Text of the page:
Pickling: This Recipe is the Perfect Solution for Veggies Going Bad
May 5, 2020
It may seem foreign to some, but I LOVE eating fresh fruits and veggies. Like, seriously, LOVE THEM. And I say it like that because many first time clients tell me, “Come on, you don’t REALLY like veggies, you just like them because they’re healthy.” NOT TRUE. You have to look for ways to keep fruits and veggies exciting to you as they are to me. Pickling them is one way. And in times like these where we may get a little overexcited going to the store to stock up on fresh produce, or you’re taking advantage of the city food distribution channels, pickling is also a great option if you find yourself with more than you can eat before they go bad. The best part? The “KOSHER” way I describe to pickle below (and as featured in my first book LIVING A REAL LIFE WITH REAL FOOD click here), actually breeds its own source of natural PROBIOTICS that give a much needed boost to your immune system! (no, it’s not *just* in yogurt).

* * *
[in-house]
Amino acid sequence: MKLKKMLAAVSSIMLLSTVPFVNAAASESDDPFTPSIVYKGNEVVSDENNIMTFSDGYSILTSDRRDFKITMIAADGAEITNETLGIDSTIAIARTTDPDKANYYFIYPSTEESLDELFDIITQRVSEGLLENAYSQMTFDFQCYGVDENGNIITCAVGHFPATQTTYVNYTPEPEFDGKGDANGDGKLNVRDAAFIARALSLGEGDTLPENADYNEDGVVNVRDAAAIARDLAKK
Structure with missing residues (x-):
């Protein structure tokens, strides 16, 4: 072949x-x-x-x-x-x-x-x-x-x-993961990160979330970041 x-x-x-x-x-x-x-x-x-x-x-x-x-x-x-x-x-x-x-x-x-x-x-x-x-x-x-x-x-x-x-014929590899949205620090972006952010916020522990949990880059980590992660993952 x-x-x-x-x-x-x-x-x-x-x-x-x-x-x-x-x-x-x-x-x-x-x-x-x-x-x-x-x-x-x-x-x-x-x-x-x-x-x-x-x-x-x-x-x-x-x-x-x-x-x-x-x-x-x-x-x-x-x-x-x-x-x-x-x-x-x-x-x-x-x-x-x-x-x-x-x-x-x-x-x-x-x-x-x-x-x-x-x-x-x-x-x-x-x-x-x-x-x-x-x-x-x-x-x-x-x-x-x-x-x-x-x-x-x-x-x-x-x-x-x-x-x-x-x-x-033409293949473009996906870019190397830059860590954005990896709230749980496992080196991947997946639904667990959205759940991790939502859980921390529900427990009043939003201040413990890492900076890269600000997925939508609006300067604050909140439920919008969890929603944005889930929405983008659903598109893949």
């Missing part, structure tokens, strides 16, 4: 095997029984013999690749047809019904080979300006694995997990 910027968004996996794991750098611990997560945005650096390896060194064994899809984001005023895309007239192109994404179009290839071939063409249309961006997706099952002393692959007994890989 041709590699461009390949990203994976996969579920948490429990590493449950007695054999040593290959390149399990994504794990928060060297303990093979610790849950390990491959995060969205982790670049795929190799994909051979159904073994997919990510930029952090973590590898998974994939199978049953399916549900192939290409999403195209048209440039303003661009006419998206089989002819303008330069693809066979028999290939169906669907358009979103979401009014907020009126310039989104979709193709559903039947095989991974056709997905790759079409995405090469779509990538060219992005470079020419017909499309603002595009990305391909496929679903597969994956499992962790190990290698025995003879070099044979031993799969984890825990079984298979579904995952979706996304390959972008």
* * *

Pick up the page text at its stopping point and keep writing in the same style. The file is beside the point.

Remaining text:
How to pickle the kosher way - with probiotics
5 Tbsp. sea salt
2 quarts chlorine-free water
4-6 grape, oak, horseradish, or bay leaves
6-9 cloves garlic, peeled
2 large heads of dill
Spices to taste: black peppercorns, red pepper flakes, mustard seeds, etc. (Secret ingredient: for an extra bite, add a few strips of fresh horseradish to the spice mix!)
Enough pickling cucumbers to fill a ½-gallon jar
Make a brine by dissolving 5 tablespoons sea salt in 2 quarts of chlorine-free water. (Note: this recipe will possibly make more than what is needed, you may save extra brine to be used in future ferments.)
In a half-gallon jar add a couple of the tannin-containing leaves, a few cloves of garlic, the heads of dill, and ⅓ of the spices.
Pack half of the cucumbers tightly on top of the spices. (The longest ones work best at the bottom.)
Repeat a layer of leaves, garlic, and spices. Add another tightly packed layer of cucumbers and top them off with more garlic and spices.
Pour the brine over the pickles, leaving 1-2 inches of headspace. Place another tannin-containing leaf on top of the pickles as a cover between the pickles and the surface of the brine. Use a fermentation weight to keep the pickles under the liquid, if necessary. Cover the jar with a tight lid, airlock lid, or coffee filter secured with a rubber band.
Ferment at room temperature (60-70°F is preferred) until desired flavor and texture are achieved. If using a tight lid, burp daily to release excess pressure. The brine should turn cloudy and bubbly, and the pickles should taste sour when done.
Eat right away, or store in a refrigerator or root cellar for months and enjoy them all winter long.